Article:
‘Are you working?’

The question, from a family friend, rings with accusation and expectation.

It’s not immediately obvious that I have a serious chronic mental illness. Of course, it wouldn’t be. It’s an invisible disease. People can’t see my brain ticking over constantly checking on reality, constantly monitoring my feelings, responses, perceived reality, my breakthrough symptoms despite medications. These are all in my head, not in colourful display for passers-by.

My immediate response is to dive for cover, normalise my situation. ‘Oh, not before Gracie’s in school.’

Wouldn’t it be great to work? To have a job with the respect and community standing it commands. Like I once had.

Instead, should I have explained the true reason to relieve my guilt? ‘I still battle my mental illness and cannot work, despite my regular attempts.’

Or should I explain as a warrior who challenges the well-meaning expectations of others?

One day a friend, who has serious physical health challenges and complications that she has explained to me, seemed to genuinely want to hear about my experience. I told her what it was like when my psychosis emerges.

Her response was that I needed to learn to breathe.

Seriously? After nearly two decades of psychiatrists, psychologists and an ever-changing cocktail of medications? And she has the solution?

She did not want to hear any more. For her, I was cured and my most despairing times easily fixed if I only chose to do so.

Because isn’t this the convenient story of mental health promotion? We/others recognise our symptoms, we are diagnosed, treated with medication, perhaps other treatments, and then largely cured, and we return to the productive life of work and community engagement.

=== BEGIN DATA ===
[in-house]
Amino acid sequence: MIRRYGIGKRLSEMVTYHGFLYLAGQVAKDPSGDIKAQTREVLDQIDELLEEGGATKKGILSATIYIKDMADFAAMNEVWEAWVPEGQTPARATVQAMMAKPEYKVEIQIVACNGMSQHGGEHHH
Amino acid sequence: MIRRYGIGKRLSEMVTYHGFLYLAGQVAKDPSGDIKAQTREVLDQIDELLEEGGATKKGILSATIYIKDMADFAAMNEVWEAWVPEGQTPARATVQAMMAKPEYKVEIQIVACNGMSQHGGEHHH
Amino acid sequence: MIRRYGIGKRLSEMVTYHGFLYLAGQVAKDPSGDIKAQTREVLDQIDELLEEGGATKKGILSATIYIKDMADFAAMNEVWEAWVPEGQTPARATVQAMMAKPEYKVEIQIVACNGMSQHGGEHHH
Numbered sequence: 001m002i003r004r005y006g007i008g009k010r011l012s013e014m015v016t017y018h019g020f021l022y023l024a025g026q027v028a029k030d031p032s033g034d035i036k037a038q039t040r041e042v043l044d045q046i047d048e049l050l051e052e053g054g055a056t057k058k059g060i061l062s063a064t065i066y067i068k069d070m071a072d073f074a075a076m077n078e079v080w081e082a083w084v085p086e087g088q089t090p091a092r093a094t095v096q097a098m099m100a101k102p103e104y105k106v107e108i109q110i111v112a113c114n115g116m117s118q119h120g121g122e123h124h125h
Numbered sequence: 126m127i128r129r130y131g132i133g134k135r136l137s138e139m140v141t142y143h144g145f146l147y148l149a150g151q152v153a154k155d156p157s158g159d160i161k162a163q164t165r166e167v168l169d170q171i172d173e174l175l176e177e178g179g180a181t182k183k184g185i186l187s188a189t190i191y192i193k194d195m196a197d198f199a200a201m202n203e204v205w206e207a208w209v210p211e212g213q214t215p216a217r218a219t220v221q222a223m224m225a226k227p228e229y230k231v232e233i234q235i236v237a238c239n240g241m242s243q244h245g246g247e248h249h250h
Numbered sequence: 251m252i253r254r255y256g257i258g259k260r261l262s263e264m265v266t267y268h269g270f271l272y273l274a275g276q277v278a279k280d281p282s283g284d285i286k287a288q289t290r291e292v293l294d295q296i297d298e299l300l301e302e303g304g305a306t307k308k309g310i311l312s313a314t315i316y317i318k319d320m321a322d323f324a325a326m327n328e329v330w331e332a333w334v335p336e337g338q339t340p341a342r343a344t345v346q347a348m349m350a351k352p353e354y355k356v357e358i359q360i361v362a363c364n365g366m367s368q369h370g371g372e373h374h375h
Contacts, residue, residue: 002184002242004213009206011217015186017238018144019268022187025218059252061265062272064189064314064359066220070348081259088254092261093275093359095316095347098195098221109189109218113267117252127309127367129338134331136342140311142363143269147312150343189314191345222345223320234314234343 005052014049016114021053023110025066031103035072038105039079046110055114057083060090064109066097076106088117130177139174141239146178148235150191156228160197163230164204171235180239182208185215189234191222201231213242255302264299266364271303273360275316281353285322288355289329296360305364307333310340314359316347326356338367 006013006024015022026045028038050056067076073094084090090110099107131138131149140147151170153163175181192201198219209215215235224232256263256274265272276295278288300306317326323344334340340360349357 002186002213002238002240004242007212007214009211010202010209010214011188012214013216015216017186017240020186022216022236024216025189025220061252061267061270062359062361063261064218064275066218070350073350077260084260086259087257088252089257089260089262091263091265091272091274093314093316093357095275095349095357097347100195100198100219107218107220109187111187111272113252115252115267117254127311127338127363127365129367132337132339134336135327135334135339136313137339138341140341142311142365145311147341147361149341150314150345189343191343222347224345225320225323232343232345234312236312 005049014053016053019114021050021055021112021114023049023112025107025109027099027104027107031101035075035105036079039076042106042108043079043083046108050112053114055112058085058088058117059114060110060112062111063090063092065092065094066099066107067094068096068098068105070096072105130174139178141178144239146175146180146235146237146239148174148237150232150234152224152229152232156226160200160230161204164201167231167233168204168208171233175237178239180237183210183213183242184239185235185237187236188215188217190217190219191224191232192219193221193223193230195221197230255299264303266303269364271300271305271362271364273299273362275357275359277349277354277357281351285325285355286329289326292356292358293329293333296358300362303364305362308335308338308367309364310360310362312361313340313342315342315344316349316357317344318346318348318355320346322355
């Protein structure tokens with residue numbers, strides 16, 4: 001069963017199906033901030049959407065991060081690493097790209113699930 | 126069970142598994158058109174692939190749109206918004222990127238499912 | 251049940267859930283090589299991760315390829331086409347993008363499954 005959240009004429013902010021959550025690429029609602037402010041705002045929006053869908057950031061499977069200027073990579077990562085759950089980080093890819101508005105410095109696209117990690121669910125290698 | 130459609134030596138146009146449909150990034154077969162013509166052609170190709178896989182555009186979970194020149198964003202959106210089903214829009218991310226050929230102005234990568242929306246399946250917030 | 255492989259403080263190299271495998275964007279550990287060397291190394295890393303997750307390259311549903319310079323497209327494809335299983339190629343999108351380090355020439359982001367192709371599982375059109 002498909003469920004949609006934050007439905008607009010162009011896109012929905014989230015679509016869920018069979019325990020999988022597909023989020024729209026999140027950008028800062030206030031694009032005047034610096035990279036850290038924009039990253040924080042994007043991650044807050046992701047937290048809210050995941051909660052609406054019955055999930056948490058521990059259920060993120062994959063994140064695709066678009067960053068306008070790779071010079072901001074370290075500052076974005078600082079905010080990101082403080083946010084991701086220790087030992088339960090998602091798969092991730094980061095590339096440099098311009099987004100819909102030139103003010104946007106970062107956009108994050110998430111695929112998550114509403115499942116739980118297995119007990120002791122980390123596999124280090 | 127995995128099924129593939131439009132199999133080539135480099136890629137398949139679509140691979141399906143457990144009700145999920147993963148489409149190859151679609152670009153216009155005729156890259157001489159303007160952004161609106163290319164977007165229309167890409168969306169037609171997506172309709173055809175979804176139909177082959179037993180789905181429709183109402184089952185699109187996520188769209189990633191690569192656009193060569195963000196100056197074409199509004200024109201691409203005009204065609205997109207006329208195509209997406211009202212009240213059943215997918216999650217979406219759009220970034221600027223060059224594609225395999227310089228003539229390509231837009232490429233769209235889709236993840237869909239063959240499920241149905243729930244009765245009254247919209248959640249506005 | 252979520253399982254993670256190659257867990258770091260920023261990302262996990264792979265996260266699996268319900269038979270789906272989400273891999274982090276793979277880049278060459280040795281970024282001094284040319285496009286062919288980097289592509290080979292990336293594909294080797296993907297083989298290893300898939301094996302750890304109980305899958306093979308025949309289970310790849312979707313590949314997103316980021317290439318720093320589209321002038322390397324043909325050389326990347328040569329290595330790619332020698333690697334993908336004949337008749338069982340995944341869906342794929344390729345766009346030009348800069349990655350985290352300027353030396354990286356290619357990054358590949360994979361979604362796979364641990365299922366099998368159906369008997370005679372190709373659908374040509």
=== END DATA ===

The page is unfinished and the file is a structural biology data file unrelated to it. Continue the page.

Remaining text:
It’s a pretty story. But not mine.

I suffered chronic clinical depression over decades and “passed”. And then psychosis struck me. I was running all over a capital city thinking people were trying to murder me. An initial diagnosis of depression with psychosis was given and stuck for many years. Later it was replaced with Bipolar I. More recently my psychologist has said to think in terms of symptoms rather than diagnosis. Other diagnostic terms are now used in relation to my symptoms: post-traumatic stress disorder, schizoaffective disorder, borderline personality disorder. Sometimes I struggle with the feeling that all I am is a bunch of symptoms and the rest of my personality has packed its bags and taken off to find less crowded quarters.

But I will not have my worth measured by those who judge and look for simplistic solutions.

I am more. I am a loving and caring mother, I am a helpful and concerned daughter, proud aunt, I am a supportive friend, I am exploring my interest in writing, and sharing my mental health experiences in the hope it will help others feel less alone, I am an animal lover, a vegetarian, a music lover, a fun cook.

There is no need to convince anyone but myself.

I am worth the effort to follow my own road toward mental health and will no longer judge myself by others who are largely unaware of the complex issues surrounding mental illness and health.

Something I learnt from Dialectical Behaviour Therapy was cheerleading. It goes beyond Cognitive Behaviour Therapy which says use the evidence to challenge negative thoughts. I can even say, maybe this situation is negative, but what would you say to your friend? You are your own friend. What will you say to yourself? ‘I am worthwhile for being me. We walk this path together.’

I will discuss DBT in future posts, but to provide more information now BorderlineBabbler discusses it in some detail.